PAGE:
from The American Heritage® Dictionary of the English Language, 5th Edition.
- noun A player assigned to protect the goal in various sports.
from Wiktionary, Creative Commons Attribution/Share-Alike License.
- noun sports a designated player that attempts to prevent the opposing team from scoring by protecting a
from WordNet 3.0 Copyright 2006 by Princeton University. All rights reserved.
- noun the defensive position on an ice hockey or soccer or lacrosse team who stands in front of the goal and tries to prevent opposing players from scoring
- noun the soccer or hockey player assigned to protect the goal
from Wiktionary, Creative Commons Attribution/Share-Alike License
The quid pro quo on this should be that the goalkeeper is allowed to punch the (would-have-been-offside) striker in the face.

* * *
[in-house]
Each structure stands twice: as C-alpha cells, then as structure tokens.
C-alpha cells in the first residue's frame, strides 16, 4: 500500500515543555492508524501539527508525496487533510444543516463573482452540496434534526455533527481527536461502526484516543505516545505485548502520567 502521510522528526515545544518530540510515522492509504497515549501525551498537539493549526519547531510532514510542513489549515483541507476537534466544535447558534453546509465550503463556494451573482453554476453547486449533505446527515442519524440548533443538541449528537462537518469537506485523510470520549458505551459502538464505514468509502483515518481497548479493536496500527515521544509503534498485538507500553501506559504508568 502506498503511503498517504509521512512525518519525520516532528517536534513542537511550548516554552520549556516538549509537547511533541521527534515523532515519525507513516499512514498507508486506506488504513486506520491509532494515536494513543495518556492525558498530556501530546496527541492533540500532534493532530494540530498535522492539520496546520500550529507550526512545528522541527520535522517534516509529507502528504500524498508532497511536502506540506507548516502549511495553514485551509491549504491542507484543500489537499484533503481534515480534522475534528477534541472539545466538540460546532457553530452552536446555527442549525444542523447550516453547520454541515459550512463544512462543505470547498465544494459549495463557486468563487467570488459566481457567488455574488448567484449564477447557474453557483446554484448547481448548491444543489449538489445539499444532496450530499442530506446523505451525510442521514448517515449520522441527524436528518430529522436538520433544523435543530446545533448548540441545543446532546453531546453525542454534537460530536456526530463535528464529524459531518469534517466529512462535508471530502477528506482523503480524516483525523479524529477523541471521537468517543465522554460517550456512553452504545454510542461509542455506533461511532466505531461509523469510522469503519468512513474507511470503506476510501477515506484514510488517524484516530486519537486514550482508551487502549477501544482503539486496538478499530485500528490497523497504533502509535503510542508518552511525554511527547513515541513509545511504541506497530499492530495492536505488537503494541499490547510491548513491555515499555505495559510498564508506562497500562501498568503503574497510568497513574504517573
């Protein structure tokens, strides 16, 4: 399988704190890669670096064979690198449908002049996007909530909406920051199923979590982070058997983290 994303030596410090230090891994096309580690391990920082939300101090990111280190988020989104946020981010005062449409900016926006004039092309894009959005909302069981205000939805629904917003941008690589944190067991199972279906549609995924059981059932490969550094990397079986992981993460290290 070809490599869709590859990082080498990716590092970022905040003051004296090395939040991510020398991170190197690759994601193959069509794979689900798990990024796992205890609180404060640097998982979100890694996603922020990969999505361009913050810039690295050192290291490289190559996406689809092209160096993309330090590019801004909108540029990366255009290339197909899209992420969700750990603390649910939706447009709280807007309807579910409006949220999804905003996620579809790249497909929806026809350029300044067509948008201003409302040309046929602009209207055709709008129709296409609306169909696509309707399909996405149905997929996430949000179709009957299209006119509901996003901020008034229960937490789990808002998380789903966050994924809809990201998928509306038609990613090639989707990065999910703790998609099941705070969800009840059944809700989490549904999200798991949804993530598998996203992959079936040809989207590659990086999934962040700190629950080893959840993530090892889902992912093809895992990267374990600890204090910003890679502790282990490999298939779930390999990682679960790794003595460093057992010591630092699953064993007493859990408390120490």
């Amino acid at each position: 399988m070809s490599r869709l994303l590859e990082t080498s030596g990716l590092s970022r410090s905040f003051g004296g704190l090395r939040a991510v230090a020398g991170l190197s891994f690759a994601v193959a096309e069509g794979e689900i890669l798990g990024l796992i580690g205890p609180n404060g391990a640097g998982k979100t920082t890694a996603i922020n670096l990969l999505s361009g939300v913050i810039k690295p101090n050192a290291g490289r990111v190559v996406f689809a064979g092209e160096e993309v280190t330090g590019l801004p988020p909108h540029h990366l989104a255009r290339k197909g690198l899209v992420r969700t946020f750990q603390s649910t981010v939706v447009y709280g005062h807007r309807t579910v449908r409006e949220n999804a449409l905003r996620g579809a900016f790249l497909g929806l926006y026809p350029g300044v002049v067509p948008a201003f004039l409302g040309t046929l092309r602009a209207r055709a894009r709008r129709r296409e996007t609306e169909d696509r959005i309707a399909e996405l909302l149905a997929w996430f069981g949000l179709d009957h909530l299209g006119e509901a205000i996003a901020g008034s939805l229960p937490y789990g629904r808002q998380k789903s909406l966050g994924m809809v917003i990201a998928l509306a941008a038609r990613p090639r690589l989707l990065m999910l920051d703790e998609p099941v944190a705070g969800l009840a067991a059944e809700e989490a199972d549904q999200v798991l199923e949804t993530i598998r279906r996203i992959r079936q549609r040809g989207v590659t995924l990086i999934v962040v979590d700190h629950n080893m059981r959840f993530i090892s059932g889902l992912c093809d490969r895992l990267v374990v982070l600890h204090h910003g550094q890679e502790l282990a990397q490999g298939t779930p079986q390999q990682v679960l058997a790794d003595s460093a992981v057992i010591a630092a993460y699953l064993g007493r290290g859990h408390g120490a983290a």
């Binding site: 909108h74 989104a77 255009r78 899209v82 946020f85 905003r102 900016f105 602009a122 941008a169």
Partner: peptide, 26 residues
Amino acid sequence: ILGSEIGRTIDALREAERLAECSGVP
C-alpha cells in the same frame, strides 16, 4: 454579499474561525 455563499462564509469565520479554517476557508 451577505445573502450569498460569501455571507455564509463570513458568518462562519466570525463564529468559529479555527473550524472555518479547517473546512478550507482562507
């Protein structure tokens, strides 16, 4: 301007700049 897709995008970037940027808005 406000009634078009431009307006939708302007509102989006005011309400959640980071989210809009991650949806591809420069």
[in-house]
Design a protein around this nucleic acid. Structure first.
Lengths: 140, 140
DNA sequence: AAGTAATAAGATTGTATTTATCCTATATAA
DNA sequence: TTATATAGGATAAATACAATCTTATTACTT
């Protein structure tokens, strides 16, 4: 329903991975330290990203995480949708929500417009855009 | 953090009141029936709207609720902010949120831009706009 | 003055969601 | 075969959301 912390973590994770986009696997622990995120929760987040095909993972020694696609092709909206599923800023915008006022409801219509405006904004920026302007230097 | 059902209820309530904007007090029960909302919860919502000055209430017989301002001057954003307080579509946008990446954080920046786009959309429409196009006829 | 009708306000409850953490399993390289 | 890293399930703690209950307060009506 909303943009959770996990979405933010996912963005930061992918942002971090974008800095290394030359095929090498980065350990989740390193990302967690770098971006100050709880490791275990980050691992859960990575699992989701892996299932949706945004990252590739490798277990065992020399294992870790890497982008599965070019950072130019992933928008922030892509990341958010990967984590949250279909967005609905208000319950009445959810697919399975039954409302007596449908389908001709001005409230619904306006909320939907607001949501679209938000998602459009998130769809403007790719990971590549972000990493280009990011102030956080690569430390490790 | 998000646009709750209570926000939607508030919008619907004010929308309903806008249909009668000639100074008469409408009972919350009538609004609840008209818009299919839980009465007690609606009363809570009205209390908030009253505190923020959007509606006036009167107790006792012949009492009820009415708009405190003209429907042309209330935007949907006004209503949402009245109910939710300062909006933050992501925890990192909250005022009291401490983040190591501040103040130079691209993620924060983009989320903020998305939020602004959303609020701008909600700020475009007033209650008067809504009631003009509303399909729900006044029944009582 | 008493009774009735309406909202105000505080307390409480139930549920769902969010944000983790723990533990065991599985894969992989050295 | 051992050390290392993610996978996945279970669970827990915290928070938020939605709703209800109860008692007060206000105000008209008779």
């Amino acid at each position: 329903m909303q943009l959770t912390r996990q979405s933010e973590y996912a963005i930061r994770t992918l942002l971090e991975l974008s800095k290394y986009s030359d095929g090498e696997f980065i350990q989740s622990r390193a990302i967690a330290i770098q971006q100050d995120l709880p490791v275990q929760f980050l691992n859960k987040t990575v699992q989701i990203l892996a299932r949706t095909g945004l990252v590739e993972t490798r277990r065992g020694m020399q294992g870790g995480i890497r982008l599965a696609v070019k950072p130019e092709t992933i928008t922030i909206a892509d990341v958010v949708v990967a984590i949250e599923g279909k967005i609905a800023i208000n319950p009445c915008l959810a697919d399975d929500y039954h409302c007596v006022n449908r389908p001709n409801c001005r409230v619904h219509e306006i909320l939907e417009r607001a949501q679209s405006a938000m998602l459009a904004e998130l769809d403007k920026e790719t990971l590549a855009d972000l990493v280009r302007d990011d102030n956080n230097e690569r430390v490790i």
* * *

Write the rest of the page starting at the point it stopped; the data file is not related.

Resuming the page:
Half-time: Matt Murray, the retired 29-year-old former Wolves goalkeeper, is saying farewell to his former fans at the interval, with the aid of several former teammates including, yes, Lee Naylor.
United's need for a new goalkeeper is regarded as a priority at Old Trafford, with the 39-year-old Van der Sar widely thought to be in the final year of his professional life.
They call this keeper 'The Crazy One'The tradition of the madcap Latin American goalkeeper began with Peru's "El Loco", Ramón Quiroga, memorably booked in the opposition half by officious English referee Pat Partridge during the 1978 finals.
` ` When your goalkeeper is hot like that it makes it easy for the rest of us, '' Sharks defenseman Kyle McLaren said.
Over two and a half seasons for any manager to say that about his goalkeeper is exceptional.
The Lightning's goalkeeper is more proven, but Robert Esche has earned plenty of respect for his performance level right now.
He's been brought in at some cost to be United's long term goalkeeper so we need to keep a bit of faith in him.
Spurs need a long-term goalkeeper, with Brad Friedel aprroaching 41 years of age, while Chelsea need someone to challenge Petr Cech after his dip in form.
Consider the nationalities involved in those few seconds: Malouda is a Frenchman, Valencia is Ecuadorian, Fletcher is a Scot, Cole an Englishman, and Edwin van der Sar, the beaten goalkeeper, is Dutch.